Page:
We are committed to generating and synthesizing research on key civil rights and equal opportunity policies that have been neglected or overlooked.
Well before the passing of the "Leave No Child Behind" Act of 2002, which renewed the nation's interest in K-12 education, The Civil Rights Project had been focused on critical issues affecting this country's elementary and secondary students. CRP believes that equal educational opportunity is a necessary prerequisite to equal educational outcomes. Further, CRP believes that all students benefit from ethnically diverse educational experiences. For the past several years, a main focus of our research has been to demonstrate concrete educational benefits derived from attending diverse elementary and secondary schools. Research in the area of K-12 Education has been extensive with the hopes of having a broad impact nation-wide.
Our current research interests related to K-12 education include:
- The effectiveness of Title I reforms
- Dropout trends and remedies
- The impacts and benefits of racial and ethnic diversity in education
- Resegregation trends and remedies in our nation's public schools
- Effective educational policies for language minority students (English Language Learners)
Recent K-12 Research
- Our Segregated Capital: An Increasingly Diverse City with Racially Polarized Schools
- This report, the last of a series on 13 states and districts, analyzes the magnitude and trend of racial segregation and its educational consequence among schools in the District of Columbia.
- Texas Top Ten Percent Plan: How It Works, What Are Its Limits, and Recommendations to Consider
- The Promise and Peril for Universities Using Correlates of Race in Admissions in Response to the Grutter and Fisher Decisions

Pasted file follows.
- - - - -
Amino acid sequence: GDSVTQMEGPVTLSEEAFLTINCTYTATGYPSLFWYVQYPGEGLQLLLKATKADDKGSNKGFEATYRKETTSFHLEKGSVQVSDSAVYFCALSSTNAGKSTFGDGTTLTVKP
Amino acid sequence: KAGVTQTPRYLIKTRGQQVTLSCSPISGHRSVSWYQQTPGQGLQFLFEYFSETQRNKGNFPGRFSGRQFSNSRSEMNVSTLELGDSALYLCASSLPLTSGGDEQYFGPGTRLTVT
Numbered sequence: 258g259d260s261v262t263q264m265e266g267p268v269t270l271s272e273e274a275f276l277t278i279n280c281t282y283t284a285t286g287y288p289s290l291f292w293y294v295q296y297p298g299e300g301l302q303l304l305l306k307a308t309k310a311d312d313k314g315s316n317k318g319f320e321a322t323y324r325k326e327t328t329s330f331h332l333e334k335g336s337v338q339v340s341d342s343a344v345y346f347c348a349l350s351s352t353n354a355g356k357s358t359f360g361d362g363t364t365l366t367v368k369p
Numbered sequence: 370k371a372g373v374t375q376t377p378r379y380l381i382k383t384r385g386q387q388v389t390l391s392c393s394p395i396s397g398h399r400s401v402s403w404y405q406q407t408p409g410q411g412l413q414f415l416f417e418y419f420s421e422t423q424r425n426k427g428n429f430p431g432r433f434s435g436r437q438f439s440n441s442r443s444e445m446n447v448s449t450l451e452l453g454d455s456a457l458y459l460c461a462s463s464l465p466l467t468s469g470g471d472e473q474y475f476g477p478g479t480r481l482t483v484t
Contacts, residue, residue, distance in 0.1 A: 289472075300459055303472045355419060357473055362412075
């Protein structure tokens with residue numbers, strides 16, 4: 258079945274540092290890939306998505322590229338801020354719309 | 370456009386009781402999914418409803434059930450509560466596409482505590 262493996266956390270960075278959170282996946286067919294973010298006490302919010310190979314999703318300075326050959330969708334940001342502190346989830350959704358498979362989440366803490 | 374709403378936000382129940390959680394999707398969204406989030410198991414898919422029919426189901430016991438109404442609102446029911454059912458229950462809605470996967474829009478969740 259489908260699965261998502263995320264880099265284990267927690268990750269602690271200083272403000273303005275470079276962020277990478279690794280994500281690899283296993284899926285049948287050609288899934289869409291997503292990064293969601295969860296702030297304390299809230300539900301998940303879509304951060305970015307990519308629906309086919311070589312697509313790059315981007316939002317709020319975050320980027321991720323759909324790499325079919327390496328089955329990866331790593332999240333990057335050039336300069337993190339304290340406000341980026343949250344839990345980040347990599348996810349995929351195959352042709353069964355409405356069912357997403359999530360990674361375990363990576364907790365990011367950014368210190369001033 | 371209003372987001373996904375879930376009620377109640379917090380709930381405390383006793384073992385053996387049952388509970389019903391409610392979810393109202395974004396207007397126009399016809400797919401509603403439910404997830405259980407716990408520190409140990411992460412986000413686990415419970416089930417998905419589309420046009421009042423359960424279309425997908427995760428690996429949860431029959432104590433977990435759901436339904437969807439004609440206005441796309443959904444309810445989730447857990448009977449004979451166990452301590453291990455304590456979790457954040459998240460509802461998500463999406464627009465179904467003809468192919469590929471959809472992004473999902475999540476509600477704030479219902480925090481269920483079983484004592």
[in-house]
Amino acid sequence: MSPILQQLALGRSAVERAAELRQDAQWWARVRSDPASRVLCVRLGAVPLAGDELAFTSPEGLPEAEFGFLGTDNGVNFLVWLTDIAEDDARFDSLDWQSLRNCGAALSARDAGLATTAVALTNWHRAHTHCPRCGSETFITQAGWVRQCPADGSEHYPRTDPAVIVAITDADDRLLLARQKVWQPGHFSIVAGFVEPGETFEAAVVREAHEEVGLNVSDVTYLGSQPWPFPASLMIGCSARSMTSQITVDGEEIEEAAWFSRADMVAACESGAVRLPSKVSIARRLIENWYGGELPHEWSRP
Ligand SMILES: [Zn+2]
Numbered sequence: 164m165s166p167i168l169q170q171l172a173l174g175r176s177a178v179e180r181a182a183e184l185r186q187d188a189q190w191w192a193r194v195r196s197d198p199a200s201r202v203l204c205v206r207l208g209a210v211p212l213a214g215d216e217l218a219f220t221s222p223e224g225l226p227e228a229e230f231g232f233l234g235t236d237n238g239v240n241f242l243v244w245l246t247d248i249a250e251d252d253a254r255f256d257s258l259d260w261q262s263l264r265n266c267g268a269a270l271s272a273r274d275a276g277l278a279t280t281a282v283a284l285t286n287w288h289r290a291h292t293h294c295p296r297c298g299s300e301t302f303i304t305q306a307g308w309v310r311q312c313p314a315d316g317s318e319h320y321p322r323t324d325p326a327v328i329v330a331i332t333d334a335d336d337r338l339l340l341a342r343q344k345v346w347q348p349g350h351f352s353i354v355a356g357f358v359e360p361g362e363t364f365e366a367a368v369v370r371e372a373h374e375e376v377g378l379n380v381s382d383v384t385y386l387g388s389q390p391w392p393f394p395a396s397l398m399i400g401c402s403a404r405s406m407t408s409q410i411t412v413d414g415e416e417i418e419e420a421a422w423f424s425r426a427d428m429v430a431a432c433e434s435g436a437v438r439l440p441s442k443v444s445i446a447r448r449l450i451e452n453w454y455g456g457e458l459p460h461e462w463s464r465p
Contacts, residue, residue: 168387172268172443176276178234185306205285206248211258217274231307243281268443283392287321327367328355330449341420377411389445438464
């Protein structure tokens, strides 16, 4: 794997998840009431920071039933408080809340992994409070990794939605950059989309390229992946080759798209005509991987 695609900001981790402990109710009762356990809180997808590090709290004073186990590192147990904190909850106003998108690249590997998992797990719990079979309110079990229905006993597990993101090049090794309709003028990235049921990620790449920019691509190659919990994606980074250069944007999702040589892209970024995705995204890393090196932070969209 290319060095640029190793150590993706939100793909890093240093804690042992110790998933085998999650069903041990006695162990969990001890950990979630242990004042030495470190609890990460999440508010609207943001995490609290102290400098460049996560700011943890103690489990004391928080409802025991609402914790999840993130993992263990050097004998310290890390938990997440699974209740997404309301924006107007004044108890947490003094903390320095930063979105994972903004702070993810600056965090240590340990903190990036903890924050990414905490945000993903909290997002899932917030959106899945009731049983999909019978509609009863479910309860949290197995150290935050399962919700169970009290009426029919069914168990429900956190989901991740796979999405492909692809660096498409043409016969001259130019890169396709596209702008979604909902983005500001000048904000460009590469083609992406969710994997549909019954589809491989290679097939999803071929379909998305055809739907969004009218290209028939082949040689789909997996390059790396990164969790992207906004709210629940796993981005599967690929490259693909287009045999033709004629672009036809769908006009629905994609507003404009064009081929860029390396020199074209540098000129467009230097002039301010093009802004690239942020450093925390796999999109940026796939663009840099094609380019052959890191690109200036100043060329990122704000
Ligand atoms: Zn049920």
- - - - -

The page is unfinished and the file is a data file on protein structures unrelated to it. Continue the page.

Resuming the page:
- Can Socioeconomic Status Substitute for Race in Affirmative Action College Admissions Policies? Evidence From a Simulation Model
- Two Decades After the Affirmative Action Ban: Evaluating the University of California’s Race-Neutral Efforts
- The High Cost Of Harsh Discipline And Its Disparate Impact
- This report carefully and conservatively quantifies the costs of suspension in two highly populated states, Florida and California, and for the nation.
- Realizing the Economic Advantages of a Multilingual Workforce
- As markets have transitioned from agricultural to industrial to what is now the information age, there are tremendous opportunities for those who can analyze, collaborate, and communicate with people all over the world while providing services in the local language of the client. These workers can compete for work in their home markets and in markets where their language fluency puts them at an advantage over those with only monolingual skills—like many in the American workforce.
- The Civil Rights Project / Proyecto Derechos Civiles
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